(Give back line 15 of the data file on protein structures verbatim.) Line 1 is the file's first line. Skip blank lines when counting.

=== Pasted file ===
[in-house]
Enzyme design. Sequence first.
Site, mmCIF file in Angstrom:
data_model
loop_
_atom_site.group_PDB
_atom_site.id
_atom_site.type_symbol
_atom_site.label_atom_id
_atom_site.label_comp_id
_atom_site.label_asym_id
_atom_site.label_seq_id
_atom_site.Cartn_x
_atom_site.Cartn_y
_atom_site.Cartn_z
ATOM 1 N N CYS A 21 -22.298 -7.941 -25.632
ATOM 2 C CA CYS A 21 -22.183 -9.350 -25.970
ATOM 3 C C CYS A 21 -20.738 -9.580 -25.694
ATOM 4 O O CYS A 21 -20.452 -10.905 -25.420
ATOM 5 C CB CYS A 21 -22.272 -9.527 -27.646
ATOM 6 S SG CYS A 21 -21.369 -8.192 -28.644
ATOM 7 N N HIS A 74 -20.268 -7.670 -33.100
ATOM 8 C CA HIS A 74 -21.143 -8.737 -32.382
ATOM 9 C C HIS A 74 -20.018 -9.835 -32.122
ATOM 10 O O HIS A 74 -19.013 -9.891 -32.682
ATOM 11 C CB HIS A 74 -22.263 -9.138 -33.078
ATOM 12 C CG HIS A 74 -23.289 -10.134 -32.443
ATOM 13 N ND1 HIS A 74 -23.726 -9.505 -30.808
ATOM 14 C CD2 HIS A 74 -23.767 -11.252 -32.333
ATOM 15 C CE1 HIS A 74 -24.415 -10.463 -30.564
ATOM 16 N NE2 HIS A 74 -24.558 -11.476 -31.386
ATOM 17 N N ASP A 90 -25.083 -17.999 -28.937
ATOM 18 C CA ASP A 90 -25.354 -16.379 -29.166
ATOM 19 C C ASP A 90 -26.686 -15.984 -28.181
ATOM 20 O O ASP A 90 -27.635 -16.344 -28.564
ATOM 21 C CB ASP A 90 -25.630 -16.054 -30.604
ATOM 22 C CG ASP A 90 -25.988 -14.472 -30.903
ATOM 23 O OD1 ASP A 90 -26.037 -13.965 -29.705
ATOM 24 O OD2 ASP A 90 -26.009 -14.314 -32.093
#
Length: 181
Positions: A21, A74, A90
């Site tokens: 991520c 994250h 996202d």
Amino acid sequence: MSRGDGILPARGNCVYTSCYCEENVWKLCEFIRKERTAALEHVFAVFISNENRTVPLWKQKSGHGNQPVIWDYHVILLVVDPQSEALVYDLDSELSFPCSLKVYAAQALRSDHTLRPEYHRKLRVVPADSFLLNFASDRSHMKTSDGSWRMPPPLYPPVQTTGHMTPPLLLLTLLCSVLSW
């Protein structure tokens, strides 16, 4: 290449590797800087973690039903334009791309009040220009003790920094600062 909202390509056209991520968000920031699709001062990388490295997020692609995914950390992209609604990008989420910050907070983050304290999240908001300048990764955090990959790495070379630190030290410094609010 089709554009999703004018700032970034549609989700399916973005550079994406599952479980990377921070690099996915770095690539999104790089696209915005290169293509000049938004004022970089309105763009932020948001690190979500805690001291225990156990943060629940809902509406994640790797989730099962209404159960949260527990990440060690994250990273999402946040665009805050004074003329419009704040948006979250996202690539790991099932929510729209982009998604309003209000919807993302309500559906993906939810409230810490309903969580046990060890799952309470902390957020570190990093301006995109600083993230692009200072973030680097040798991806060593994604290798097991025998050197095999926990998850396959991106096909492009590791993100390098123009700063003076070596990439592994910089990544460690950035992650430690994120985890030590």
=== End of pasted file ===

_atom_site.Cartn_z